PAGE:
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This is the hardest for me to write, I'm abusing Vicodin.

by Mark

This is the hardest thing I have had to write. I have been abusing prescription painkillers, Vicodin, for 5ish years. I have tried and tried to quit on my own but can't seem to kick the habit. I go 3 or 4 days but always seem to get right back in the game.

The viscous cycle of buying 40 pills on Monday and running out by Thursday and looking to score again on Friday, well this repeated cycle has eaten through all of my money and all of my hopes. I can think of nothing other than getting high first, then going about my business afterward.

My day begins with at least 3 pills when i wake up and 2 more on the way to work and downhill from there. I don't know where to turn for help. I can't afford to do a rehab stint (I'm already broke and missing work will just add to that drama). I can't tell my family, my dad is going through cancer treatment he doesn't need to deal with my bull right now.

What do i do? What's the answer?

Please email back some information that could be helpful

Comments for This is the hardest for me to write, I'm abusing Vicodin.

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You likely are opiate addicted, but there is hope.
by: Debbie Wicker

Dear Mark,

From your description, it sounds like you are opiate addicted, which is why it's so difficult for you to quit on your own. Opiate addiction is a disease that attacks the brain and changes it so it MUST have opiates to function "normally". You need to go through withdrawal and treatment in order to safely end your addiction and to allow your brain to re-adjust back to how it functioned prior to your drug use. At that point you will no longer "need" the pills to feel good.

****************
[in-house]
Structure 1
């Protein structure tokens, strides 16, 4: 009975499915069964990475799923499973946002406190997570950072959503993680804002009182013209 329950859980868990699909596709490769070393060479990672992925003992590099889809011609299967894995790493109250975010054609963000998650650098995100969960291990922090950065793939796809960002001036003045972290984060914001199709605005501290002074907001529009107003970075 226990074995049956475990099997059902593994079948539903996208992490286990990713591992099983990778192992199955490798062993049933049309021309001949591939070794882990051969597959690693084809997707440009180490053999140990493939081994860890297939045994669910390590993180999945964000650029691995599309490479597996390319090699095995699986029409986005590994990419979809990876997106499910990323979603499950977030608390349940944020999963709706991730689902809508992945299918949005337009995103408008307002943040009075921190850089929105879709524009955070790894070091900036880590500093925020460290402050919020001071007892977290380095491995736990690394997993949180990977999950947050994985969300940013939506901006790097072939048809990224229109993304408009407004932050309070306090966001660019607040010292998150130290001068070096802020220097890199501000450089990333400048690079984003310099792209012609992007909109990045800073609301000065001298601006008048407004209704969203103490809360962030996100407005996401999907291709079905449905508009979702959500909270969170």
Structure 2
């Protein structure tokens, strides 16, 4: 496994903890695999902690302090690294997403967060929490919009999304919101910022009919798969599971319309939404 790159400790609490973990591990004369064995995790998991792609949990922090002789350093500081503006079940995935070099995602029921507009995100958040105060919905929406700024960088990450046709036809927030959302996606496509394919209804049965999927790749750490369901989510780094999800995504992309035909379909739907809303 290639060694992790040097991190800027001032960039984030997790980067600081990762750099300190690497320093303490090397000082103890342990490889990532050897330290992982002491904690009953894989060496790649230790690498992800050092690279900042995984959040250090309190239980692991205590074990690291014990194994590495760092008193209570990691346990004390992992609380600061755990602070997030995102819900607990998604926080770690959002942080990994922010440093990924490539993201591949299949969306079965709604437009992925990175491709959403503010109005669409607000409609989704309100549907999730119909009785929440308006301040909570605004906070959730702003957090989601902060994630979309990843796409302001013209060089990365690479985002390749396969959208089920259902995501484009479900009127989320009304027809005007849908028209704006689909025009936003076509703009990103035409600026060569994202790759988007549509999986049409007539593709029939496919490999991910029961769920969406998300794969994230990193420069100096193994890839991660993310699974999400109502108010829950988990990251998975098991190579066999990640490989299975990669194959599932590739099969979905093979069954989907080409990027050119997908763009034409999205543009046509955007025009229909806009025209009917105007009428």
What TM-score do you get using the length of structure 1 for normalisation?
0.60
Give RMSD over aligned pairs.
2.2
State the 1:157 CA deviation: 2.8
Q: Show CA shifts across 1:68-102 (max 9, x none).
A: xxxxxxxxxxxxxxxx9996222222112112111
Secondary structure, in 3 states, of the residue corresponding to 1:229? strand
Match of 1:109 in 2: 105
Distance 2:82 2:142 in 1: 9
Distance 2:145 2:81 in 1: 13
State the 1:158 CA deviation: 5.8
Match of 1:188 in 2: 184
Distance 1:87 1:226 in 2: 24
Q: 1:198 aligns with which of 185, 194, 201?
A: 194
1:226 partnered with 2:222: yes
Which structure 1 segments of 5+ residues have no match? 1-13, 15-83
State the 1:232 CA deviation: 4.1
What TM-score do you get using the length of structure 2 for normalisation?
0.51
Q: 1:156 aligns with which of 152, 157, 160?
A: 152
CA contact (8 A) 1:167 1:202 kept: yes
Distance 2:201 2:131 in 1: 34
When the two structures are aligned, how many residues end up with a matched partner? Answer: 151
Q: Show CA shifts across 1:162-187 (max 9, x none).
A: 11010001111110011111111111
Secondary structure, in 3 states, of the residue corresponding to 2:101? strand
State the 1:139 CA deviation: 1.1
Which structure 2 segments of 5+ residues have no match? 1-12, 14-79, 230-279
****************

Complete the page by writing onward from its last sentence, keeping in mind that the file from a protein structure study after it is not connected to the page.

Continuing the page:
Although it may be difficult, I HIGHLY recommend that you go to a doctor and, in confidence, tell him/her about your addiction and any other symptoms that you have. They are likely very familiar with opiate addiction so that if you do what they say you can begin the process of ending this terrible disease.

Also, addiction is a disease which is characterized by RELAPSE! So even after you've successfully gone though withdrawal and treatment you are HIGHLY likely to relapse unless you immediately begin a daily 12-step recovery program. Put anther way you need to start going to meetings starting TODAY!

Moreover, you MUST begin going to AA or NA meetings daily for at least six months so that you can learn about your addiction and WORK the 12 steps. Without working the steps, you will not having the on-going recovery support you'll need to avoid relapse. Also, if you do relapse, you will have the resources available to you to get back into the program and to begin again.

You've taken a HUGE first step by admitting to us that you're addicted. Many addicts NEVER take this first step and their addiction becomes a life-long fatal disease. Working the steps and joining a recovery community is the best way for you to move forward.

Good Luck,

Debbie

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